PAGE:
In this lesson we will learn:
To create the the three note chord degrees
To create the four note chord degrees
To understand the importance of degrees
For this lesson we have to backtrack a little bit and remind us the concept of major scales and four note chords. Degrees are basically chords (stacked thirds) based on the notes of a scale. They are mostly used with the three and four note chords based on the notes of the major scale. Since the major scale has seven notes it also has seven degrees. Degrees are usually written with roman numerals where upper case letters stand for major chords (I =C) and lower case letters stand for minor chords (i = Cm). The numbers go in order (I-II-III etc.). Each three note chord is either a major or minor with the exception of the seventh degree which is a diminished chord (marked with an o). The same is true for the four note chords with the addition of the fifth degree being a dominant chord. All examples are in the key of C major.
Additional information available!
The major scale three and four note chord degrees are the most commonly used ones. Later, when we cover chord substitutions, we will see how we can substitute chords. These substitutions can come from various different theoretical sources one of which being the degrees of the minor scales. Yes, you can make degrees based on any scale. I have provided the four note degrees based on the harmonic and melodic minor under “Additional information (1H)” if you are interested.
Note: Both the triads and four note chords have been color-coded according to their qualities. Green is major, red is minor, blue is dominant and orange is diminished/half-diminised.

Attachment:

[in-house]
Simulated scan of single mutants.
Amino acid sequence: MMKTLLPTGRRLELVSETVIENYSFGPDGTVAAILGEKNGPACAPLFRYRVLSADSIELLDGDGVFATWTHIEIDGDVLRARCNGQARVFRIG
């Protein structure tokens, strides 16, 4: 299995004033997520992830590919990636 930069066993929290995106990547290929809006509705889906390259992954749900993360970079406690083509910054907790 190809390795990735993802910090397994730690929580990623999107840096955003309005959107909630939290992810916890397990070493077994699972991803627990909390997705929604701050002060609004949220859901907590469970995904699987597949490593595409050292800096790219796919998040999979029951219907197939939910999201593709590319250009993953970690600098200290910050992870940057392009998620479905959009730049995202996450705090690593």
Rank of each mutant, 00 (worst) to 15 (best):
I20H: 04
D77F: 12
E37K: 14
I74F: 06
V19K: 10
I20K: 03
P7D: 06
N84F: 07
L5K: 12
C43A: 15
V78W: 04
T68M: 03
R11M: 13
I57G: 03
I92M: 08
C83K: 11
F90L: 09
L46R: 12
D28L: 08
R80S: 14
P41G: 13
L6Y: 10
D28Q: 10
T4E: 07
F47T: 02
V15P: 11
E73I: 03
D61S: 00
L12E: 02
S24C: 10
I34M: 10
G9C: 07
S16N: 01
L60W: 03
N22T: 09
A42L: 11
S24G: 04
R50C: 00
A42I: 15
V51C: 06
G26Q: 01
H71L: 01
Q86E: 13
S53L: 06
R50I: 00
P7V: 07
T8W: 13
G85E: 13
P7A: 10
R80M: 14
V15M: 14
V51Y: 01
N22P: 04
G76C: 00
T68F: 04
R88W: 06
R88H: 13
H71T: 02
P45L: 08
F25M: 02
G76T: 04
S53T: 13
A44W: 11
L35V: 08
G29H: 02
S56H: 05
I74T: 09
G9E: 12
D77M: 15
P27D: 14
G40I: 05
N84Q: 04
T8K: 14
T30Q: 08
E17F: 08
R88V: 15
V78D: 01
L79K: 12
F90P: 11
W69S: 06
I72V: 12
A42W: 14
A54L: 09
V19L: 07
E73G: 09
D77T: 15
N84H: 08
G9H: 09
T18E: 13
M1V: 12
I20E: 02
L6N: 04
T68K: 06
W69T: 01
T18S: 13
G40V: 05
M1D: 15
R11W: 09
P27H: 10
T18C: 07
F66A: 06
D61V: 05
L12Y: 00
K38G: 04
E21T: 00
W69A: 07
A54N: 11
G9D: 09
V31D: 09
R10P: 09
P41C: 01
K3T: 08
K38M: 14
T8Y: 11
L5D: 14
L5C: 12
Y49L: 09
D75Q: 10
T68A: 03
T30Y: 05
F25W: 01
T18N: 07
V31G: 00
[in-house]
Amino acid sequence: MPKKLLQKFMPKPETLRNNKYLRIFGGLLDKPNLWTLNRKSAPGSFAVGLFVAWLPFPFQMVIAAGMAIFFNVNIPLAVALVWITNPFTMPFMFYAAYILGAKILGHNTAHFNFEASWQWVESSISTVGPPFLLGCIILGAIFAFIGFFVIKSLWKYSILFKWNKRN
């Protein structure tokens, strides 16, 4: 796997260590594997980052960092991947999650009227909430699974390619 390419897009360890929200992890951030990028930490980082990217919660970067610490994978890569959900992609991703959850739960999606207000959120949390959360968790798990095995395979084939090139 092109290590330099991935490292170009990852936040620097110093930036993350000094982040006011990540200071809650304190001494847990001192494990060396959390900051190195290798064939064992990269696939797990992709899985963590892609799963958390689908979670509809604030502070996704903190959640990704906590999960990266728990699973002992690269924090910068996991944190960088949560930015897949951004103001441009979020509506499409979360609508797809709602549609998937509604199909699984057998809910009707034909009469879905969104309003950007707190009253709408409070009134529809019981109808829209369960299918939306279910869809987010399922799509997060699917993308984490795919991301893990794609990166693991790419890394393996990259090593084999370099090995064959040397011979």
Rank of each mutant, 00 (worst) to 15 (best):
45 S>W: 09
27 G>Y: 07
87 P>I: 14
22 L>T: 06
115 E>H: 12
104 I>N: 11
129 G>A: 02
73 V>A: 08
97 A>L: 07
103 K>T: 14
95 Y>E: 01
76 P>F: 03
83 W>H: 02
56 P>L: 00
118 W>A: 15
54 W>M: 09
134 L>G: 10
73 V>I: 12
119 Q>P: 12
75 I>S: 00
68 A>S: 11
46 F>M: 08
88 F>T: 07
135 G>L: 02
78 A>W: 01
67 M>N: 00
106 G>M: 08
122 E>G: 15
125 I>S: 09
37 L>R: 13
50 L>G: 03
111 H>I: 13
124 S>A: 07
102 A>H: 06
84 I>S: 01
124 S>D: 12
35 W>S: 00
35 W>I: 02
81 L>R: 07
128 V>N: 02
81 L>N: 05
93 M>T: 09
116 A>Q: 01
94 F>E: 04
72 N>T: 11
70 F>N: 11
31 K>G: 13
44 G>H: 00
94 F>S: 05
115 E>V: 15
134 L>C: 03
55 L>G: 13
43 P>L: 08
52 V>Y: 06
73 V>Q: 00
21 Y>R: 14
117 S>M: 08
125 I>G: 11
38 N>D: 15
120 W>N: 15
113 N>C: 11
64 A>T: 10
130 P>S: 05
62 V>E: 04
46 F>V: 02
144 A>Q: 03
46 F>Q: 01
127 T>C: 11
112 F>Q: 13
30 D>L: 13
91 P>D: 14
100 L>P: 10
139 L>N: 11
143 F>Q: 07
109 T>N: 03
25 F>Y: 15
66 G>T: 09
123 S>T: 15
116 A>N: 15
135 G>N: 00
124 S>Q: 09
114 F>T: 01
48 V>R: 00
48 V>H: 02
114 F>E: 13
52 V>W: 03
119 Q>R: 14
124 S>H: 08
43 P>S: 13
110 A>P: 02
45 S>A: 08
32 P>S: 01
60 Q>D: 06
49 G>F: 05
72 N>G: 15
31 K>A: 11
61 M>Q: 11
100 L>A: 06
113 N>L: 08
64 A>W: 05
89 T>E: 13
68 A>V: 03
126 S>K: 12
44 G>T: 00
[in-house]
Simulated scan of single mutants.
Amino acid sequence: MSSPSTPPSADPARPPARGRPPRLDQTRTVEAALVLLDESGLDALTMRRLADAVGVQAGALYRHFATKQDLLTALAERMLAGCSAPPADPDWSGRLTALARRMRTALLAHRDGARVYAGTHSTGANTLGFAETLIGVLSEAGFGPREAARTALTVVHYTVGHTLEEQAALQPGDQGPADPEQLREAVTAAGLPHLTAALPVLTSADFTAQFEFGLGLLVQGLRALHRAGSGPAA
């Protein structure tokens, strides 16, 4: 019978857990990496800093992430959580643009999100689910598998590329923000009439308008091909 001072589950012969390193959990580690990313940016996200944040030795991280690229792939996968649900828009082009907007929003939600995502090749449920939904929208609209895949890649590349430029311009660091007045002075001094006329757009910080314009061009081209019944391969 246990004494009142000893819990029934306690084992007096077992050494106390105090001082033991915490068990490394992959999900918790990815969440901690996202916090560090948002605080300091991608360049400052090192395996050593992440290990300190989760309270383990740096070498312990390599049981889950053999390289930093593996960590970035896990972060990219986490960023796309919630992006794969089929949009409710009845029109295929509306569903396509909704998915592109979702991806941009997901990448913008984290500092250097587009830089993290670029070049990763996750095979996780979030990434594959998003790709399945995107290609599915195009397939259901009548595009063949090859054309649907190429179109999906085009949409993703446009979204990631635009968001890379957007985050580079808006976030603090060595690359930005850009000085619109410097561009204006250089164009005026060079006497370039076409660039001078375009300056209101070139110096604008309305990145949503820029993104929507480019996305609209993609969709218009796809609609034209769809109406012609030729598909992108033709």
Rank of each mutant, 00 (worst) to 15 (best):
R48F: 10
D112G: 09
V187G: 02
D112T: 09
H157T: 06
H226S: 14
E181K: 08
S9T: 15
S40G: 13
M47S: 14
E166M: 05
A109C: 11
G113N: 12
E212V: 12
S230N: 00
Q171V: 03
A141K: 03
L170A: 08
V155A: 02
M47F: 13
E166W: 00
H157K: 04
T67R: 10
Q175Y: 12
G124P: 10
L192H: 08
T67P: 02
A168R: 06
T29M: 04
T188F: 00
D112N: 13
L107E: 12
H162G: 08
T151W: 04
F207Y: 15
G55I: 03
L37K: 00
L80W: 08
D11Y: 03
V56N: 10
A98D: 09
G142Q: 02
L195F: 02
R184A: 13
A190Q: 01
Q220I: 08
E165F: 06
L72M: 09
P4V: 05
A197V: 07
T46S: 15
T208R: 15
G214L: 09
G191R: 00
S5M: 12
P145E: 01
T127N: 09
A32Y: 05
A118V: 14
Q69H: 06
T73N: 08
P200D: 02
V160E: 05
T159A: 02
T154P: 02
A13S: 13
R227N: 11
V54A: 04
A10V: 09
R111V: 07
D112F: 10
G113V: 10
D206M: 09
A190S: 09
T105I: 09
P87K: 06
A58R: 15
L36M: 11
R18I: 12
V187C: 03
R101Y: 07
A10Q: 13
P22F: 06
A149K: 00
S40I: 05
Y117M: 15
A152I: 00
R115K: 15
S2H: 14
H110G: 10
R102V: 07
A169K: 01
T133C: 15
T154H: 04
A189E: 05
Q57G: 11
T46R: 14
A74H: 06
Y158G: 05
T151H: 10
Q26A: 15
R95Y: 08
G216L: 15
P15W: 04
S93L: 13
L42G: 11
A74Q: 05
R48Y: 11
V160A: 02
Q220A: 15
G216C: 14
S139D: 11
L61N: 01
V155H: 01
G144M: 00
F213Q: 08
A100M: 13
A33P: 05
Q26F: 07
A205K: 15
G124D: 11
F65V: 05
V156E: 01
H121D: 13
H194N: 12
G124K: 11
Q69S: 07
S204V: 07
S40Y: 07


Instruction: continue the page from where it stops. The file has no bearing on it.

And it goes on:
In pop/rock and contemporary music we are mostly using these three note chords. So more on that subject in “Chapter 1M – PopRock”. We are using these degrees to build progressions later on. Pop/rock progressions do vary somewhat with jazz progressions even though they are using the same chords. They are arranged in a different way and that is why they are covered separately in “Chapter 1M – Pop/Rock”.
Degrees (Four Note Chords)
Note: A little bit of information regarding using roman numerals with four note chords. To avoid confusion with major 7 and dominant 7 chords we can use the following guideline:
*This is a way to mark a major 7 chord
**As opposed to this marking for a dominant seven chord
***And this is a marking for a half-diminished / minor seven flat five chord
Understanding the importance of degrees
The most import thing to understand is that all seven degrees belong to the same key center. In the example the key center is C. That means that playing the C major scale will work over all of those degrees and chords since they all derive from the same scale. That can also be seen in that the lowest note of each chord form the C major scale.
Once you learn them the chord qualities of each degree (1st degree is a major chord 6th degree is a minor, chord 7th degree is a diminished chord etc.) you will begin to understand and expand your music knowledge to an incredible degree (pun intended). Essentially there are certain “rules” that you can use to glue these degrees together. In further lessons we can learn how we can borrow other degrees or chords from other scales to substitute the quality of a chord or even a whole chord altogether.
This subject shows clearly how chords and scales are two sides of the same coin. Once you get away from thinking of chords as isolated chords and start to “see” and anticipate how they are connected to a certain key center at any given time you musical mind will open up so that even complicated music starts to seem very logical. Thinking in degrees and “numbers” is very difficult in the beginning but will become easier with practice and you will start to “see” and “anticipate” what is happening “behind” the music with time. It will greatly help you if you are planning to get into composing as well.
Understanding (major scale) degrees is a quite important step to take before we go forward into 2-5-1s, chord pairs and progressions in the following lessons.
(c) 2019 Sibil Yanev